ASD systems incorporate more than one level of alarm, generally configurable. This allows an ASD system to provide very early warning of an event, prompting investigation at the earliest smouldering stage of a fire when it is easily addressed. Other alarm levels may be configured to provide fire alarm inputs to fire systems as well as releasing suppression systems. ASD alarm sensitivities are configurable and can be programmed to levels ranging from thousands of times more sensitive than a conventional detector, to much less sensitive. The detectors work best in non-volatile environments.[7][8][9] They can also be used in computer cabinets to alert users to the overheating of computer cables or individual computer components.[10]

Installation and placement[edit]

An example of how a simple ASD unit with a single pipe could cover a five room area

ASDs are suitable for environments where a highly sensitive rapid smoke detection capability is required. This makes them suitable in clean rooms; areas which contain goods easily damaged by fire, such as tobacco, electronic rooms and highly flammable liquid and gases. Often, normal point detectors will recognise the danger too late, as smoke often does not reach the ceiling quick enough for a fire to be detected in a timely fashion.[11]

As they can be easily hidden, pipe networks are suitable in environments where point detectors can be considered aesthetically displeasing, such as offices, apartments and hotel rooms. This factor also makes them suitable in locations where point detectors can be easily tampered with, such as in correctional facilities.[12]

Despite their high sensitivity ASDs can be used in dusty or dirty environments as long as correct design, installation and maintenance processes are followed. Most ASD products can accommodate a broad range of environments and applications – from both confined and open spaces to the cleanest or dirtiest environment, including telecomm, control rooms, waste treatment, mining and more.[13]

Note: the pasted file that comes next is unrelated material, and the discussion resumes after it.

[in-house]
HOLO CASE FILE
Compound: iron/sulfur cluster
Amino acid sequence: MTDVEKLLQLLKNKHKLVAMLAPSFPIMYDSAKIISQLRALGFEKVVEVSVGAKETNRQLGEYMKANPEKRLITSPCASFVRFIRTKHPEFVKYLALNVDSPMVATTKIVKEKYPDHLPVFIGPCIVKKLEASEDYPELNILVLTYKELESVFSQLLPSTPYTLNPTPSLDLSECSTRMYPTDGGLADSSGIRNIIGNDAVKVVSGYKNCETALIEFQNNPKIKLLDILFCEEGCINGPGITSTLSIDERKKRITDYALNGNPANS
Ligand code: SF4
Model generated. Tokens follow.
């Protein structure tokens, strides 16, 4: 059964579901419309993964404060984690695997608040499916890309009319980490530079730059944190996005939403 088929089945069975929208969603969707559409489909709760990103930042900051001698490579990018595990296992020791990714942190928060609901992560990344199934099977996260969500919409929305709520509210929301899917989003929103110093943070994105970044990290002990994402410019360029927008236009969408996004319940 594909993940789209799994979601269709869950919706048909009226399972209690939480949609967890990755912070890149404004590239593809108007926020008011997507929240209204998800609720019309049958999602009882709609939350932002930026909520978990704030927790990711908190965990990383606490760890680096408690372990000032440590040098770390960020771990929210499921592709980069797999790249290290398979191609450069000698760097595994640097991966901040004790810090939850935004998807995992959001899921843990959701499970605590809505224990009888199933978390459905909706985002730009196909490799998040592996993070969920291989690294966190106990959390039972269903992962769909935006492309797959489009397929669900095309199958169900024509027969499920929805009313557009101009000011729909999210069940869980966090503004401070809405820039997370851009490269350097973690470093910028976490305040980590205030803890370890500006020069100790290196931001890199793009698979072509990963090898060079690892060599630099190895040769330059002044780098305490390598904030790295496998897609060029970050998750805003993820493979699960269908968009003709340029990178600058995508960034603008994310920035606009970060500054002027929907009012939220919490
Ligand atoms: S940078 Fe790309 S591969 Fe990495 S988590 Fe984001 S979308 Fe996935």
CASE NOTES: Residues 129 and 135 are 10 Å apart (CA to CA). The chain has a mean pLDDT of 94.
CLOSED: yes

See also[edit]

References[edit]

  1. ^ "Aspirating Smoke Detectors (ASD)". Siemens. Retrieved 2012-08-09. 
  2. ^ "VESDA Systems". Fire Security Services. Retrieved 2009-05-11. [dead link]
  3. ^ Journal of Applied Fire Science, Volume 2. Baywood Publishing Company. 1993. Retrieved May 29, 2013. 
  4. ^ "The HISTORY of VESDA and MONITAIR". Cole Innovation & Design. Retrieved 2009-05-11. 
  5. ^ A Dangerous Blind Spot, Security Products 
  6. ^ Do You Have (Fire) Protection, Strategic Facilities 
  7. ^ Shengwei Wang (2009). Intelligent Buildings and Building Automation. Taylor & Francis. p. 236. Retrieved May 29, 2013. 
  8. ^ Landwards, Volumes 55-58. Institution of Agricultural Engineers. 2000. p. 49. 
  9. ^ Sam Kubba (2009). LEED Practices, Certification, and Accreditation Handbook. p. 369. Retrieved May 29, 2013. 
  10. ^ Andrew Furness and Martin Muckett (2007). Introduction to fire safety management. Routledge. p. 228. Retrieved November 29, 2013. 
  11. ^ "VESDA: Clean Rooms". xtralis. Archived from the original on 15 April 2009. Retrieved 2009-05-11. 
  12. ^ "VESDA: Correctional Facilities". xtralis. Archived from the original on 15 April 2009. Retrieved 2009-05-11. 
  13. ^ "What is CCD Aspriating Smoke Detection", Safe Fire Detection Inc, Retrieved 2010-03-23

External links[edit]